The Verizon iPhone may cost the same as its GSM counterpart, but it’s making Apple about $16 more profit per handset sold, according to the latest data from iSuppli.
iSuppli’s teardown of the Verizon iPhone’s bill of materials adds up to just $171.35 for every 16GB device, compared to the $187.51 estimated cost of the AT&T compatible iPhone 4.
iSuppli asserts that Apple had made “significant changes in its design and component” selection for the Verizon iPhone.
The most expensive component remains the memory, costing $40.40 for the NAND flash and SDRAM, while the Retina Display is second most expensive, costing $37.80 per panel.
One big change, however, is a new WLAN/Bluetooth module that is the same core chip as before, but has been shrunk. They have also isolated the Bluetooth and WLAN antenna from the enclosure/antenna assembly to eliminate some of the signal problems of the GSM iPhone 4.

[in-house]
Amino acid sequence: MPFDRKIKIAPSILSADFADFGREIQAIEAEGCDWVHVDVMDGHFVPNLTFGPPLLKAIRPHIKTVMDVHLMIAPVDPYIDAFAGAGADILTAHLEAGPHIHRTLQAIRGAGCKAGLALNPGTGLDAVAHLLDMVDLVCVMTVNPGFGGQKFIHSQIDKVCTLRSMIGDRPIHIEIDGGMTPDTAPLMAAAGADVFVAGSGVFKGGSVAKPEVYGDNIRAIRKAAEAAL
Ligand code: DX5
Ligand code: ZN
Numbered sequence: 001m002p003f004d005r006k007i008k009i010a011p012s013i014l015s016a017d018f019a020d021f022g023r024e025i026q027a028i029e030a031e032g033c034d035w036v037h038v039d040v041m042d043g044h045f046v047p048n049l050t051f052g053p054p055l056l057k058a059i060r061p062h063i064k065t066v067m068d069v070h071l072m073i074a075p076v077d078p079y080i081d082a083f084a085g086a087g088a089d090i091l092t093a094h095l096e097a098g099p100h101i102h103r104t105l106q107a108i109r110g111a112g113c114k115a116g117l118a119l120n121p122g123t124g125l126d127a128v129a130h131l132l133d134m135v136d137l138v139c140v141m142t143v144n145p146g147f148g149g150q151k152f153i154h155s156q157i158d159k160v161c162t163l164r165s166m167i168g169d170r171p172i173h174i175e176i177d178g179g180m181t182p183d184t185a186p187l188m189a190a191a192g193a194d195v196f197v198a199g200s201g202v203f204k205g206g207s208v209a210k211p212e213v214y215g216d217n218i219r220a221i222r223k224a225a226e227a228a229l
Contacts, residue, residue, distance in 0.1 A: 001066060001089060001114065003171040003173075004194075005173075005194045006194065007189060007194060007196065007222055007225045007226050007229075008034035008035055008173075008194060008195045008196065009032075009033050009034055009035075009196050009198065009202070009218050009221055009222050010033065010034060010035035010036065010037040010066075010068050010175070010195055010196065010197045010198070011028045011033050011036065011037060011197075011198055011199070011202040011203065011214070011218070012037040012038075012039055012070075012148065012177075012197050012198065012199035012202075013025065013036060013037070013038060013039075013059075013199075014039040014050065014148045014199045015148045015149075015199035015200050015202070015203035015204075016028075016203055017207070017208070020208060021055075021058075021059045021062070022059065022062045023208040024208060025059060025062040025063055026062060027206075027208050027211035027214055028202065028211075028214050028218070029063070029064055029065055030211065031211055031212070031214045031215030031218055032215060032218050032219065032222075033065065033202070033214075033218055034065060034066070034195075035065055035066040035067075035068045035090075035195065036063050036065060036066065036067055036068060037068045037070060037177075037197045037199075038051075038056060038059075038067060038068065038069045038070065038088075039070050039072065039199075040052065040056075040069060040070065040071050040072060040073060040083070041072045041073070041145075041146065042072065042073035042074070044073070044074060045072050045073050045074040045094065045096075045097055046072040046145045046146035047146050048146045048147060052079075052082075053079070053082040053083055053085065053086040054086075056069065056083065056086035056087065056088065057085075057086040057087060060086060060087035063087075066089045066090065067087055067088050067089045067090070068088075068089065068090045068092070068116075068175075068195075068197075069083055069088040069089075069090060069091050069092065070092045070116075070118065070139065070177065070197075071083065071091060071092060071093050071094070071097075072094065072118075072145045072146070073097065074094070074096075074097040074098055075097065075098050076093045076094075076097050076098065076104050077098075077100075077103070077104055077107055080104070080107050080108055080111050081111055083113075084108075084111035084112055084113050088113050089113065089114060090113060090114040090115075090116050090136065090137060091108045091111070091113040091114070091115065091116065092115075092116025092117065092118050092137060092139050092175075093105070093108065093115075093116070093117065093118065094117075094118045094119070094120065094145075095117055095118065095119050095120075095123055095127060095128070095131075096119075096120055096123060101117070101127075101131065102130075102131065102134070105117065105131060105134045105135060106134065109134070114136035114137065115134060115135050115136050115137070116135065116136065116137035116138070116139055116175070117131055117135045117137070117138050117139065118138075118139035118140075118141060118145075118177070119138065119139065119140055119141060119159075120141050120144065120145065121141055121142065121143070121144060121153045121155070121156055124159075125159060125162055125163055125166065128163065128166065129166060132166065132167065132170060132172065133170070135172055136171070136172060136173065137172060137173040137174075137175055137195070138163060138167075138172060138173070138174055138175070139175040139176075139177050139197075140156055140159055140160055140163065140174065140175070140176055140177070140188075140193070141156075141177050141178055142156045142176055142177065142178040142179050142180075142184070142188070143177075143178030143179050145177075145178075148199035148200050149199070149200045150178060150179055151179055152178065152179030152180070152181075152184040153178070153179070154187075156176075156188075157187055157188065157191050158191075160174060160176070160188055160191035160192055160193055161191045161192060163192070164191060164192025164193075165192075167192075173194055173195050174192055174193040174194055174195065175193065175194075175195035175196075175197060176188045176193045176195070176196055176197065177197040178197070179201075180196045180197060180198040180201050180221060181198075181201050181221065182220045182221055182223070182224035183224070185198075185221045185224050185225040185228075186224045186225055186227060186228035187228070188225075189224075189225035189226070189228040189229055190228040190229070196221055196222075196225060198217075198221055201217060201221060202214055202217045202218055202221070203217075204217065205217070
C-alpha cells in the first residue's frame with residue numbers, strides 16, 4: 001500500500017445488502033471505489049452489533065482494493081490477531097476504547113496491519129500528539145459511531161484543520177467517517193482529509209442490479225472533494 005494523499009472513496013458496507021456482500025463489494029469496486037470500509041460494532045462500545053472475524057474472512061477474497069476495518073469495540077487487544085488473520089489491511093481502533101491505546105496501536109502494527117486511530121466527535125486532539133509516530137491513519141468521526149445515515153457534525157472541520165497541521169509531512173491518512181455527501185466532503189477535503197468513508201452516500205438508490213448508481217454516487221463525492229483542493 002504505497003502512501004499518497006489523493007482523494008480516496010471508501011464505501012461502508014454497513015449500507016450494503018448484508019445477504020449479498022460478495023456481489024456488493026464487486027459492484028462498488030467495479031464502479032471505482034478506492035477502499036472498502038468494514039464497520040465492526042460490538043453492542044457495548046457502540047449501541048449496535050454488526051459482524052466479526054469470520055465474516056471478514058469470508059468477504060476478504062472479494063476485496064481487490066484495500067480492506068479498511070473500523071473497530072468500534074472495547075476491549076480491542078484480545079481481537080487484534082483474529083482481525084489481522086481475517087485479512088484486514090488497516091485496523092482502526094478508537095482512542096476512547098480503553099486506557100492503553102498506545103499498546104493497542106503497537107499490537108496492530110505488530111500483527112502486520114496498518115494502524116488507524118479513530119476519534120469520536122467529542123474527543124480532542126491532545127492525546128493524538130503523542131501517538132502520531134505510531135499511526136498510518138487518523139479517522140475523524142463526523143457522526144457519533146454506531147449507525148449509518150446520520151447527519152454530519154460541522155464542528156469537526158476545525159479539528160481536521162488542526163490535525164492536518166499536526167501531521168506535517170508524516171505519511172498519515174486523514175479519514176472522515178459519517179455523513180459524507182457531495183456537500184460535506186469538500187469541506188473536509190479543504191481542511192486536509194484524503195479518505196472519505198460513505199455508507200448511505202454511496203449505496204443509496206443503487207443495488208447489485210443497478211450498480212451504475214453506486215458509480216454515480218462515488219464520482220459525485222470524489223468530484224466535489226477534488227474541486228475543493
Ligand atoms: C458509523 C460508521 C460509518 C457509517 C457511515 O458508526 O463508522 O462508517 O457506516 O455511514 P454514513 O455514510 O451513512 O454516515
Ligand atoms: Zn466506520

“With the CDMA iPhone 4, Apple Inc. has shown once again that it never recycles a product design,” said Andrew Rassweiler, senior director of teardown services for IHS.
“Apple’s new designs always exhibit changes, evolution and optimization. This approach is evident not only in the antenna design but also in items like the integrated GPS functionality and the shrinking of the Wi-Fi/Bluetooth combo module.”
It seems that by moving to Verizon, the new iPhone isn’t just more profitable… it’s a better phone to boot.